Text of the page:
ATTUD Journal Club Postings

Combination Varenicline and Nicotine Replacement Therapy

Recently three randomized, placebo-controlled trials have tested whether adding NRT to varenicline increases quit rates. The rationale for adding NRT to varencline typically involves hypothesizing a) varenicline does not bind to all nicotine receptors leaving some to be influenced by adding NRT, b) some smokers who do not respond fully to varenicline will be helped by NRT, or c) NRT is better at relieving initial withdrawal than varenicline. An alternate hypothesis is that adding NRT would have no effect because any effects would be blocked by varenicline.

The first study of 117 UK smokers examined adding active nicotine vs placebo patches beginning on the quit date (Hajek et al, BMC Medicine 11:140, 2013) and found a small but not statistically significant positive trend for unverified point prevalence at 12 weeks (36% vs 29%). The second study of 341 Spanish smokers examined adding patch beginning on the quit date also found a small, non-significant positive effect (33% vs 28%) at 6 months. A post-hoc subgroup analysis found the active patch more effective in those who smoked > 29 cigarettes/day (OR = 1.5 vs 1.0). The third study of 435 South African smokers examined patch begun 2 weeks prior to the quit date (Koegelenberg et al, JAMA 312:155-161, 2014) and found its addition doubled quit rates at 6 months (44% vs 28%). None of the three studies found a clinically significant increase in adverse events with nicotine vs placebo patches. Why this third study found more robust effects is unclear. Of course, one possibility is that it’s the starting of the patch prior to the quit date. Otherwise, my comparison of the studies does not suggest it’s due to differences in sample or methods or compliance. In addition, the last, more positive study failed to find reductions in craving whereas the less positive studies did find this.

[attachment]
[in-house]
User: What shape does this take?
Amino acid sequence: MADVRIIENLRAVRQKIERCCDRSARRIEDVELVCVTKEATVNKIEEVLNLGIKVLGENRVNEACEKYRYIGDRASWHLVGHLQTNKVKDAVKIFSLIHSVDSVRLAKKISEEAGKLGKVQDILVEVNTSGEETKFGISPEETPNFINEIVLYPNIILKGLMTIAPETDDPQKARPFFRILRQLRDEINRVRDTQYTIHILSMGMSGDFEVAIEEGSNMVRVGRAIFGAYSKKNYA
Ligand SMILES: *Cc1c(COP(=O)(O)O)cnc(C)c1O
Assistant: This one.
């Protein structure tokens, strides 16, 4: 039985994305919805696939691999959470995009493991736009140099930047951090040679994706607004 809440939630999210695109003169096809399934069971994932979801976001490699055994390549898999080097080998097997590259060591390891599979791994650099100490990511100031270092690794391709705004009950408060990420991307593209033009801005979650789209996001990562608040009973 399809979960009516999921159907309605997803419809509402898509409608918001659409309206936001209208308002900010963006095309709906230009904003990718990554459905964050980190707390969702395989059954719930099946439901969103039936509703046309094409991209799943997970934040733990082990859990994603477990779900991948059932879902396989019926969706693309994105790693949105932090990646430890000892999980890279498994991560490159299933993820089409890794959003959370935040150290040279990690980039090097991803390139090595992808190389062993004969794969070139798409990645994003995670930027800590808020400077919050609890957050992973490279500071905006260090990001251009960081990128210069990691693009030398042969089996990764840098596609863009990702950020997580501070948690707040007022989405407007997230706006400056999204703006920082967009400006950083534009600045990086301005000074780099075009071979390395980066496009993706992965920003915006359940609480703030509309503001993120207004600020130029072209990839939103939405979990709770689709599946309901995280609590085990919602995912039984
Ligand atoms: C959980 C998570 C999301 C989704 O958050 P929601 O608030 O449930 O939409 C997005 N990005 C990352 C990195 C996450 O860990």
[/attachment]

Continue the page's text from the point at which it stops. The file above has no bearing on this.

So is this sufficient to declare combo therapy more effective? It’s only three studies, but I bet if one did a meta-analysis it would be positive. In addition, given nicotine replacement therapies have almost no significant side-effects, maybe the only downside to combo is their cost. So for me, this rationale is sufficient to offer combo varenicline and NRT as an option to those who fail varenicline alone.

Finally, the above studies probably used the nicotine patch rather than short acting NRT to insure a significant dose of nicotine. However, most combined treatments for smoking cessation include a short-acting NRT to provide relief of sudden onset craving and withdrawal; thus, I would probably offer either using patch, or using a short-acting NRT as needed.